PORT MORESBY, Dec 14, 2020, RNZ. Bougainville might be close to independence but the enthusiasm for sitting in the Papua New Guinea national parliament remains high. Six candidates are to contest the regional seat made vacant when Joe Lera resigned to contest the Bougainville presidency, Radio New Zealand reported.
It is one of four Bougainville seats in the PNG parliament.
Three of the candidates standing had challenged for the presidency in Bougainville’s election in August.
One is Peter Tsiamalili, who is now a Bougainville businessman with agricultural interests, but previously headed the Papua New Guinea Sports Foundation.
Papua New Guinea Sports Foundation CEO Peter Tsiamalili Junior says the Sports Foundation will issue membership passes for all stakeholders and staff to enter its facilities.Papua New Guinea Sports Foundation CEO Peter Tsiamalili Junior says Photo: Facebook / Papua New Guinea Sports Foundation
He is also the son of a noted former Bougainville administrator who went on to be a prominent PNG diplomat.
Tsiamalili finished third in that presidential race and said, now, with the backing of the man who did win, Ishmael Toroama, he sees the role as a public relations one for Bougainville at the national level.
“Kind of being more like a spokesperson for the president and having an insight into the national parliament. And then obviously getting the north, central and south working together with that member – and that’s my view,” Tsaimalili said.
He is younger than most of the other Bougainville MPs in the PNG and thought he could use this to bring them together, “I think I will have the strength to be the common denominator with our three regional members, pulling them altogether, adding that unified front that allows a solid foundation for our future.”.
Former Catholic priest Simon Dumarinu was briefly an MP in the PNG national parliament after the elections in 2017, only to lose it in an electoral challenge from Sam Akoitai.
He was a significant factor in the race for the Bougainville presidency back in
August, finishing second in a race that included 25 candidates.
Dumarinu said he will work with Ishmael Toroama to see that the consultations over the 98% independence endorsement are quickly concluded, without damaging the relationship with the rest of PNG.
“We need to clarify that in the consultation process and I want to support him [Toroama] in every way, so that the bottom line is peace in Bougainville. We have to arrest this conflict, this war, whatever came in the past, and settle and make it as friends [with PNG], we need to move on,” Dumarinu said.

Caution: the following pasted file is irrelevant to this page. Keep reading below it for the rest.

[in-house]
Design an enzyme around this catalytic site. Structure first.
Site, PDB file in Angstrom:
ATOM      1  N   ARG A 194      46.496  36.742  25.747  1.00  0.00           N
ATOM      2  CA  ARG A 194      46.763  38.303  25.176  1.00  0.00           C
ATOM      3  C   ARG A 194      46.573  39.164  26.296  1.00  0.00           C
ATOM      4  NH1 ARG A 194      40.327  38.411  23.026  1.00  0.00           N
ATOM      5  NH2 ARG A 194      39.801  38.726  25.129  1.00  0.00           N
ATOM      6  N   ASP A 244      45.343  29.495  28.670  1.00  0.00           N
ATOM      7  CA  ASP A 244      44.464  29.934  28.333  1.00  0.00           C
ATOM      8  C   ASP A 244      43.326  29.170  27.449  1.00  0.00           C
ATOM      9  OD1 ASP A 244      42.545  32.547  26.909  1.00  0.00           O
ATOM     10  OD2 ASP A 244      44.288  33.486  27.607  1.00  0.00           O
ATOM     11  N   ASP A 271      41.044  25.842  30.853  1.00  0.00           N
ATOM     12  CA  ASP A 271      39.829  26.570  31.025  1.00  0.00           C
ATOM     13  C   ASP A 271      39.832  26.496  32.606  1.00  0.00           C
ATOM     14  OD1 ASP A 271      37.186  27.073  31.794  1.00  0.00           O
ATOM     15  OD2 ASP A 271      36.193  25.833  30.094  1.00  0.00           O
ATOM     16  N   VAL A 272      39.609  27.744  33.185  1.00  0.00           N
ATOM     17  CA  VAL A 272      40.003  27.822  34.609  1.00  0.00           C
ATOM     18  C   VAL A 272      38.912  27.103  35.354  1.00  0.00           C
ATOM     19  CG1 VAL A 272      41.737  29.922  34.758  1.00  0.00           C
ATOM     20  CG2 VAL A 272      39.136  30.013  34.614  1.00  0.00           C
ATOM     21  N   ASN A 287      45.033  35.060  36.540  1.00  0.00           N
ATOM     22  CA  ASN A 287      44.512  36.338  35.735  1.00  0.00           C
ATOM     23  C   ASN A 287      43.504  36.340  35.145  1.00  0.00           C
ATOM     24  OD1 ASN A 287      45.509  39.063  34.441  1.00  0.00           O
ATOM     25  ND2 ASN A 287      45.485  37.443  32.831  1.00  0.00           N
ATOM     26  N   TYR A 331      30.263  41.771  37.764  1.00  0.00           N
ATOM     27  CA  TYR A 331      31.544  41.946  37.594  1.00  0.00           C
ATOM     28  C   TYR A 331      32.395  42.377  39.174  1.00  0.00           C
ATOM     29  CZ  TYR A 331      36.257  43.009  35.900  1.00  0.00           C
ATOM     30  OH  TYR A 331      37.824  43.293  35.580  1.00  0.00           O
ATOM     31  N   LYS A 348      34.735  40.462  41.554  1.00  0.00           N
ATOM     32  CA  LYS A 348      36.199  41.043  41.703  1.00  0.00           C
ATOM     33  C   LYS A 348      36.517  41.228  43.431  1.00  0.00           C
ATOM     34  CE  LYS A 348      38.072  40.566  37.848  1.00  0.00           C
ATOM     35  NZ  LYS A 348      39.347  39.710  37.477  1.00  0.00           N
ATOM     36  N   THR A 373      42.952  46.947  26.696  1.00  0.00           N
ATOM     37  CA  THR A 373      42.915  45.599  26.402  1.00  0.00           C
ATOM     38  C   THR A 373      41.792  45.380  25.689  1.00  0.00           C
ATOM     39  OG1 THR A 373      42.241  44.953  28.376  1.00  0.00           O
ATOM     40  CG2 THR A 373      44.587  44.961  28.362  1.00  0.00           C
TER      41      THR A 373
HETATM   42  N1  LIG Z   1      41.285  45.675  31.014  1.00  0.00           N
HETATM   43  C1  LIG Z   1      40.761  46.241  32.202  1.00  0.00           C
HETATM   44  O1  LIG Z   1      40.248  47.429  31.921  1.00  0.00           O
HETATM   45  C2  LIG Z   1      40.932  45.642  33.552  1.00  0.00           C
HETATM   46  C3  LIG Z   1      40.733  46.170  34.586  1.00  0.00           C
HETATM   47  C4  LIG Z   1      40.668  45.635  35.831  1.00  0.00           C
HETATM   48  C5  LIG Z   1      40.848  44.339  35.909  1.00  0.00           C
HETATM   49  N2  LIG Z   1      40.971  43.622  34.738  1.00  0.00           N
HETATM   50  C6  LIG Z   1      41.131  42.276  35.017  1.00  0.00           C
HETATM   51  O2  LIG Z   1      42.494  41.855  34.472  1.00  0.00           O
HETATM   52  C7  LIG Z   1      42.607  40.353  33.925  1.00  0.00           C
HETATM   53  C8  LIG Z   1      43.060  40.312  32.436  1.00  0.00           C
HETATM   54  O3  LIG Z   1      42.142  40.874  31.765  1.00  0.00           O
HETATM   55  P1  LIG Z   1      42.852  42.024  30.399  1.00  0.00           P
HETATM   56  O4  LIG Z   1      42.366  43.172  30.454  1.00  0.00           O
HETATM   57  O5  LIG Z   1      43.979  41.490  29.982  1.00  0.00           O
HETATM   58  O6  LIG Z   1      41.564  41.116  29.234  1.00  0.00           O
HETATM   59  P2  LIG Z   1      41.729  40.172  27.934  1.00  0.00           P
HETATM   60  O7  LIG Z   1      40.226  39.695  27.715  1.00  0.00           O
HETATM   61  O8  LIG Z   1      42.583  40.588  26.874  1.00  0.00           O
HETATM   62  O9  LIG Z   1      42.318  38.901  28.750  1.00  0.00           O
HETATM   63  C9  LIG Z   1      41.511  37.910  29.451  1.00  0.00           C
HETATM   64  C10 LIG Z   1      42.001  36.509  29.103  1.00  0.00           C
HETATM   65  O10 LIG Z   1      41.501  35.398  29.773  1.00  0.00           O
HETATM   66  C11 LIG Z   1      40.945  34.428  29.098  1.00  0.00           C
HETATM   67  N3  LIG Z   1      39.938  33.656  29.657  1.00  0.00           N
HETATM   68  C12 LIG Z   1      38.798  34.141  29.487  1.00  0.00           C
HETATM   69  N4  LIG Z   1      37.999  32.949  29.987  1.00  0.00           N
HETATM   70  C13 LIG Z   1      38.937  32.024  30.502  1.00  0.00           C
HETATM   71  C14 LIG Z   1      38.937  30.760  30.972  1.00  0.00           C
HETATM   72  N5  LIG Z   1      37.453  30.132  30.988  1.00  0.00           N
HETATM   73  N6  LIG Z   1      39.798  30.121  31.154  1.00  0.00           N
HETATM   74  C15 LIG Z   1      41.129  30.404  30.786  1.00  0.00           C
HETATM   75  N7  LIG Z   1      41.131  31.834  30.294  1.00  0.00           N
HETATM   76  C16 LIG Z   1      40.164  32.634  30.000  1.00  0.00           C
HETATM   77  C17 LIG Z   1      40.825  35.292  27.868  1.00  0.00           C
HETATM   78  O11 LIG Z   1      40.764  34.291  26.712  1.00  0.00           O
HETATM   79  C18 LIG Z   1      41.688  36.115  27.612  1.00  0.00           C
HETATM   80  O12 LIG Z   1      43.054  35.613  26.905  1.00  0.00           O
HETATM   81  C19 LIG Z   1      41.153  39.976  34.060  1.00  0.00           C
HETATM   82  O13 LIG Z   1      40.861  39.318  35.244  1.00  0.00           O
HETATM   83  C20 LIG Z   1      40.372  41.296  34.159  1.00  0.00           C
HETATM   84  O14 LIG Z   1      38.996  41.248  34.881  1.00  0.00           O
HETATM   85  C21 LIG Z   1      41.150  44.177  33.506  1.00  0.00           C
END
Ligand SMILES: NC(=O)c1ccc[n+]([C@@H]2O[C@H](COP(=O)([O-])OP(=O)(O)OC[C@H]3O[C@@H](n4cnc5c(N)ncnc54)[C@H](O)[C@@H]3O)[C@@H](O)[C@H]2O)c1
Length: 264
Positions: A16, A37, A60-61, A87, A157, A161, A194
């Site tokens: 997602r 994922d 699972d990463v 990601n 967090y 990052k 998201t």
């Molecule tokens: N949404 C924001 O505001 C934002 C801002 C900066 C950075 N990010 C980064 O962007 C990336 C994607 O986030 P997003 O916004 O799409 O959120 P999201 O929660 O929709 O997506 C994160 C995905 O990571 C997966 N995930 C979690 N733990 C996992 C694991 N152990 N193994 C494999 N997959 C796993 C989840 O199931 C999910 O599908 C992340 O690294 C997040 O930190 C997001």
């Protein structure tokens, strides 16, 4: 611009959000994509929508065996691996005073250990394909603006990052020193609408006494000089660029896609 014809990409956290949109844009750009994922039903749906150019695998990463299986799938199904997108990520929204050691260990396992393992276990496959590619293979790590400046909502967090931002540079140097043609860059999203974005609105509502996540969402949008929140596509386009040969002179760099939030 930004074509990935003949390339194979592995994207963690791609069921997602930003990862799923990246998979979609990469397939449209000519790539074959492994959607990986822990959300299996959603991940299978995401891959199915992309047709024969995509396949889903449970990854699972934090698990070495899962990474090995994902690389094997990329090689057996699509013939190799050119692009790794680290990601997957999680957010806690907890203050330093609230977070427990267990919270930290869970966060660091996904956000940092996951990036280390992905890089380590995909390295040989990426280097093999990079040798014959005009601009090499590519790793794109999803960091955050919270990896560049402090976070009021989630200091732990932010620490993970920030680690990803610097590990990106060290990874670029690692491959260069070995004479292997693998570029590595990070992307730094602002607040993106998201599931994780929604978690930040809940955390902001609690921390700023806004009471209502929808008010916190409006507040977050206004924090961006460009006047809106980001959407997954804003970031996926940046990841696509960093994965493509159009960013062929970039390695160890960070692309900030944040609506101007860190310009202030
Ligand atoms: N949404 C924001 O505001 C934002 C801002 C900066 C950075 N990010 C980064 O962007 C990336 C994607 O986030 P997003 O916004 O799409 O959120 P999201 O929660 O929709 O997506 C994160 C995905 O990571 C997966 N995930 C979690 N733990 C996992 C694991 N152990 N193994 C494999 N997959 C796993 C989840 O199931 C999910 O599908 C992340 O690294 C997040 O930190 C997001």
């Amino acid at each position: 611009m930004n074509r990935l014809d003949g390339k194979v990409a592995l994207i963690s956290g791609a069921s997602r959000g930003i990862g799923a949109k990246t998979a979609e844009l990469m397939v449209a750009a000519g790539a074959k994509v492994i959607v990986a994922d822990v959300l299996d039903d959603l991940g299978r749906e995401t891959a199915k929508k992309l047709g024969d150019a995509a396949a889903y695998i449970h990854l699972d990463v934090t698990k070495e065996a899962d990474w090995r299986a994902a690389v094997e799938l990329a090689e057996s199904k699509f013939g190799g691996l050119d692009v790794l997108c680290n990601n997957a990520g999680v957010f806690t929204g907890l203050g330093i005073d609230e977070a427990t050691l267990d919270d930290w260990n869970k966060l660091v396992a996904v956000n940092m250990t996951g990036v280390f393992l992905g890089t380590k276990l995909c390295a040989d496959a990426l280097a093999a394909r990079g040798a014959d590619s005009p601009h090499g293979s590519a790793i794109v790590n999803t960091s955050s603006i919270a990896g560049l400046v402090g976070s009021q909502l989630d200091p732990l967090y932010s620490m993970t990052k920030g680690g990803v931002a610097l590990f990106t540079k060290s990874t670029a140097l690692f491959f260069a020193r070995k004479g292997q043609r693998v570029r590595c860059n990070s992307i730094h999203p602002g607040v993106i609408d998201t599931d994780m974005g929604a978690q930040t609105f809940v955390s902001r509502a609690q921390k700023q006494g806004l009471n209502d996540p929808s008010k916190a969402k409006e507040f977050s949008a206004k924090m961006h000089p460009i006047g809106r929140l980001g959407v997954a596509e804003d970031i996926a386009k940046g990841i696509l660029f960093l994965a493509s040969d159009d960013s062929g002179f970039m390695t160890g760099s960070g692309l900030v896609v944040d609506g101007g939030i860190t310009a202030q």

Albert Punghau also ran in that presidential race.
He had been the minister of Peace Agreement Implementation in the previous administration under John Momis.
Bougainville’s Minister for Peace Agreement Implementation, Albert PunghauAlbert Punghau Photo: supplied
In that position he played a critical role in organising the referendum and wants to continue the work.
“I feel that I can provide the leadership to put the two governments together as Melanesian brothers Bougainville and Papua New Guinea together to resolve this question of independence once and for all, now that we know that the result is independence. And I think that as Melanesian brothers we should sit down together like our forefathers did in the past and talk about it,” Punghau
There has never been a woman elected from Bougainville to one of the four PNG parliamentary seats, but former journalist, Llane Munau, is aiming to change that.
Munau said she was encouraged to stand by the women of Bougainville, “I want Papua New Guinea and also the world to listen to what the women of Bougainville are talking about right now, and that is something, that if I am elected I know that I can be the voice of the women and of the youth of Bougainville. But not only Bougainville, PNG I think is one of the only three countries in the whole world that does not have women politicians in the parliament.”
Munau has worked for a number of publications throughout PNG and communication is important to her.
She said what the women of Bougainville are looking for is better information flows from the top.
Munau said what they do glean from what is happening in government is typically via word of mouth and she wants to ensure improved, more transparent communication.
Another candidate is Peter Manuka from Buin in south Bougainville.
He said he is standing to empower the grassroots.
Manuka said the way to do this is through support for small to medium business enterprises in the rural areas.
He said he backs Ishmael Toroama’s vision for rebuilding the economy.
Manuka said before any of this can happen, law and order must be restored so foreign investors feel welcome – again echoing President Toroama.
The sixth candidate Ian Michael Mapya had previously worked as the practice manger for Kumul Lawyers in Port Moresby.
Port Moresby has committed $US2.2 million dollars to run the election,.
Polling will run for the last two weeks in January with the result expected at the beginning of February.